Keeping the elbows off the table

The entire suite of manners at the dinner table that we once saw every day has diminished to very little. It is rare to walk into a restaurant and see a family use their cutlery correctly, eat their food with proper etiquette and keep their elbows off the table. My father would always say, “no uncooked joints on the table!” and that seems to be a lesson somewhat lost.

Keeping money and politics out of conversations

These were two topics off limits however now some wear their opinions and financial position like a badge of honour and actually use them to distinguish between company they’d like to keep and company they aren’t fond of.

Standing up when people enter the room

This was a favourite of mine, it was always a pleasant way of greeting people and it was a sign of respect, ultimately the thing we’ve lost most. Sadly, very few people are taught to do this now and it’s become a thing of the past.


We were always taught it was very rude to be late for an appointment or meeting but now people are often late or don’t show up, without so much as an apology.

Offering your seat to the elderly, pregnant, and/or anyone who needs it

This is not just something left behind because it isn’t necessary: we still need this kind etiquette today however not many people seem aware of it.


Just simple pleases and thank yous seem to have gone out of fashion. It can really startle you to hear these nowadays.

Pushing chair in

Did your parents ever nag at you to push in your chair if you were leaving the table? Look at anyone leaving a restaurant today and they rarely push in the chairs.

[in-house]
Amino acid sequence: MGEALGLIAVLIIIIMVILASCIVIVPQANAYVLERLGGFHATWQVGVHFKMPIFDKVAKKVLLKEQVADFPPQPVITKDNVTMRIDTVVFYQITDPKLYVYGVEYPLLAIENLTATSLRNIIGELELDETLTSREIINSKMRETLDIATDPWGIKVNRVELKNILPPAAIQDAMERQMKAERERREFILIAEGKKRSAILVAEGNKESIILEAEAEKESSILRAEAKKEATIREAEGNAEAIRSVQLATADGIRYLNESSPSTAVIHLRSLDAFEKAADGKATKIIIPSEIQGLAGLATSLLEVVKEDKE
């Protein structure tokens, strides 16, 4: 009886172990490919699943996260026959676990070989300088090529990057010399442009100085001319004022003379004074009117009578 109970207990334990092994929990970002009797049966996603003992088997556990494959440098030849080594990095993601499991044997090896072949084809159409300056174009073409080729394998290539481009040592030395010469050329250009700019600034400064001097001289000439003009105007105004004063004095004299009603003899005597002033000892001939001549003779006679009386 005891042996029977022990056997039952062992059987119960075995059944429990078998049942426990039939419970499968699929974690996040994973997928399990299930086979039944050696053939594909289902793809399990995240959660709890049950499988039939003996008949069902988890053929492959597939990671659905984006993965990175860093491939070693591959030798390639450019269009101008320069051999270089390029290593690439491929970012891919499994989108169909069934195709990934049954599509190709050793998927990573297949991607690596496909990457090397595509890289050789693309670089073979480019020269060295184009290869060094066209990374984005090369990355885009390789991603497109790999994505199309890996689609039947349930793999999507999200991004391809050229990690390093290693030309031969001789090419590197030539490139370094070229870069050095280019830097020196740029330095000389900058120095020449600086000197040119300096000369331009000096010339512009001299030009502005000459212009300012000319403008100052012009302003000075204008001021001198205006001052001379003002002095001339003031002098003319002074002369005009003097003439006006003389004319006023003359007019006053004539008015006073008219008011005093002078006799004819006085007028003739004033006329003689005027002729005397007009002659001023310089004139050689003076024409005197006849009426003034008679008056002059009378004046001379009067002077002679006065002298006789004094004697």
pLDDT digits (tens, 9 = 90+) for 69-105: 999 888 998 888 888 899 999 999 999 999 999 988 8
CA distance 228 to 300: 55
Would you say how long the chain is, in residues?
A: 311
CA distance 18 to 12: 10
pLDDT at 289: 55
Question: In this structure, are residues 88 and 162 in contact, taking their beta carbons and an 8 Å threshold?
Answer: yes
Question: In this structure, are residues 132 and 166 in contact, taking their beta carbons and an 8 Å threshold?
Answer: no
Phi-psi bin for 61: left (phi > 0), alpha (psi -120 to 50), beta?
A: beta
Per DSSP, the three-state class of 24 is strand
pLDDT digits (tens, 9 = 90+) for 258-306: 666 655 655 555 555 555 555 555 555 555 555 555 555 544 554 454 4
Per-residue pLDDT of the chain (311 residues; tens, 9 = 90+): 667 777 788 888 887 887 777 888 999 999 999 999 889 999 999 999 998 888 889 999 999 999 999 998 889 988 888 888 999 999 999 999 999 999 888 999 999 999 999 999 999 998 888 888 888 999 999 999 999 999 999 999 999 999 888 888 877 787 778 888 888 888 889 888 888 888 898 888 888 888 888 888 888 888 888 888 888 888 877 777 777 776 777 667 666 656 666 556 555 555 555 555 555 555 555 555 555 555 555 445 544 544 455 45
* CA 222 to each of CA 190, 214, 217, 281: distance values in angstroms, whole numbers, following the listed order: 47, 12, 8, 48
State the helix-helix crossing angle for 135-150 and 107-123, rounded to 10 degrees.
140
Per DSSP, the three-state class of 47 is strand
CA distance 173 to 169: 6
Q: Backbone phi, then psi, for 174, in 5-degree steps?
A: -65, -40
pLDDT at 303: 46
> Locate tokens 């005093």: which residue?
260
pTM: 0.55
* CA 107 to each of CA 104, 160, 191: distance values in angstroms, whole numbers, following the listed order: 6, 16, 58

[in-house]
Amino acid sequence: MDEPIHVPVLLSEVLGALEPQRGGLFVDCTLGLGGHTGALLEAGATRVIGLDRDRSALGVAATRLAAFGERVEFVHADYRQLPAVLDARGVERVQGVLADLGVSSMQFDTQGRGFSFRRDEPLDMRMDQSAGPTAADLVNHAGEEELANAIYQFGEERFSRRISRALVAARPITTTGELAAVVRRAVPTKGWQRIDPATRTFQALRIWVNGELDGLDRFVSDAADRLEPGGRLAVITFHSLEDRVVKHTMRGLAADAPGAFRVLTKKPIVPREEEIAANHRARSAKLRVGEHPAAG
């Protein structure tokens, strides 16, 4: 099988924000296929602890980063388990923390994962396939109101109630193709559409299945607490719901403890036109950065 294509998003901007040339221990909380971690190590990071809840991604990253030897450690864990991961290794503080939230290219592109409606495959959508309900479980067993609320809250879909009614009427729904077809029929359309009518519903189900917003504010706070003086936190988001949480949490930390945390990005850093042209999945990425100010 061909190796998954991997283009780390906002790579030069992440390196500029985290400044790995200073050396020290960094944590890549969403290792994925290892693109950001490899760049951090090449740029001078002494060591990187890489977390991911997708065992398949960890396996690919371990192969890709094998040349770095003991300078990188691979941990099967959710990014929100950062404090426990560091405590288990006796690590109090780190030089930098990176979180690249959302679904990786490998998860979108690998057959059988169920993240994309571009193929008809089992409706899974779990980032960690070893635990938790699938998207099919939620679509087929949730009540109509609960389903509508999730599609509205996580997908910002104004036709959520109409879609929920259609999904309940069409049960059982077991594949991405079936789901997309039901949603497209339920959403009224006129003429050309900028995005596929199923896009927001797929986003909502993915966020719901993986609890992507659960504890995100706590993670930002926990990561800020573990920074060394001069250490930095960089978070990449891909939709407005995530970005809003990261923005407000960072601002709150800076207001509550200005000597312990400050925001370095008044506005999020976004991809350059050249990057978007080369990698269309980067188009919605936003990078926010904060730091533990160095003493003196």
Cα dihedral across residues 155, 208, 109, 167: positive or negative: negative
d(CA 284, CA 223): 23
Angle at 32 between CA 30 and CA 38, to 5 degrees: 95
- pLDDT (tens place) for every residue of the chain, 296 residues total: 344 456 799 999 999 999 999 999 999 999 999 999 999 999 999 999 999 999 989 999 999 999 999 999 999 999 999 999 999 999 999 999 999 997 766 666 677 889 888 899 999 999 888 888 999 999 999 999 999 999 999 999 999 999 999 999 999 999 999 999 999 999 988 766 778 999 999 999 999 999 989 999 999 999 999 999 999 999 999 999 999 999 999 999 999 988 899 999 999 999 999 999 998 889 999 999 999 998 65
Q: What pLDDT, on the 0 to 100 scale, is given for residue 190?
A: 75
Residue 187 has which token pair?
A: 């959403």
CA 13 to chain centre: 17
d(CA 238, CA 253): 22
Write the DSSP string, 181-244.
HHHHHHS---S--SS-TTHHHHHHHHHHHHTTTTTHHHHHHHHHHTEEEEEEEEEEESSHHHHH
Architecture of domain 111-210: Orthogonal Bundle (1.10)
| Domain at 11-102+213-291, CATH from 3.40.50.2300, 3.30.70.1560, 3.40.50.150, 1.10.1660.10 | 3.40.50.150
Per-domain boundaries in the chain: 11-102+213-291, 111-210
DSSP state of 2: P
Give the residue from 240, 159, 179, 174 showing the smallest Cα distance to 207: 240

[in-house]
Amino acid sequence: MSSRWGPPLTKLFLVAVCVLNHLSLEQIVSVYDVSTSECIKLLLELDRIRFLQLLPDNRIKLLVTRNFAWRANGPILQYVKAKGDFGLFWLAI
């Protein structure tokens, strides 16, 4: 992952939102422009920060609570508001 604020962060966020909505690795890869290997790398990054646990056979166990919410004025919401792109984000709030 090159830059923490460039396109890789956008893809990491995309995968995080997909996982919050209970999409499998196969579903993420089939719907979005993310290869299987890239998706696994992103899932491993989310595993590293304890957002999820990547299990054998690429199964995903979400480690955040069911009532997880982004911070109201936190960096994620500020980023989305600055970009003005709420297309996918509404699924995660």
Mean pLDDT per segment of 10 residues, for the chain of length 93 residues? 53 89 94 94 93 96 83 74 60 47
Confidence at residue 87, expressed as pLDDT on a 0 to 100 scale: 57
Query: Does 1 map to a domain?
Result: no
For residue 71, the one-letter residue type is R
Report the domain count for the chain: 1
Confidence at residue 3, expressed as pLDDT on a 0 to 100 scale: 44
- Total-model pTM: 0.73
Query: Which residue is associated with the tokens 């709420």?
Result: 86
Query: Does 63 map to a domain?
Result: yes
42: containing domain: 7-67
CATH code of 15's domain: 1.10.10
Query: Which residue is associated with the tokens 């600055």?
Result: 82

Tell us, do you think some of this etiquette needs to come back? Which do you miss?

Starts at 60 Writers

The Starts at 60 writers team seek out interesting topics and write them especially for you.

  1. Men used to all wear hats in the fifties and sixties and tip their hats to ladies, rather nice custom.

    1 REPLY
    • A gentleman would remove his hat in a lift if ladies were present. Small boys were taught to remove their caps.
      I’ve only seen this once since coming to New Zealand.

  2. Lolol….after a break up..i met up with a good friend…we went out to dinner ,,,and he opened the car door for me ….i could not get in the car quick a nough i was not used to it …al i used to get was get in …..

  3. mmm well I am getting old – and I have to say my children and grand children at least what I have seen still do a lot of these. The most obvious men who open car doors I have come across are American males, of any age do it.

  4. I am capable of opening my own doors

    7 REPLY
    • Libbi the majority of us are capable and I think the majority love and respect kind gestures like these !!

    • Me too Libbi 🙂 ……. I’m respectful and always look to see if anyone is behind me and I’ll hold the door open for them ….. it’s amazing how many people don’t say thank you.

    • Me too Libbi, it’s called respect and I’ve never felt the need for chivalry, I’ve always found it patronising.

    • to be honest with you I don’t know how I would handle it now to have someone opening my doors, I don’t know if I would flattered or insulted, it has been so long

    • I wouldn’t think it flattering or insulting ,would just enjoy being with someone who was courteous, I like good manners in men friends and lady friends

    • Libbi should someone open a door for you, hold your chair when being seated at the table, take your coat, open and close the car door for you please be flattered. We mere males are well aware you females are more than capable of taking care of yourselves. Please allow us to at least maintain the old fashion facade of protector.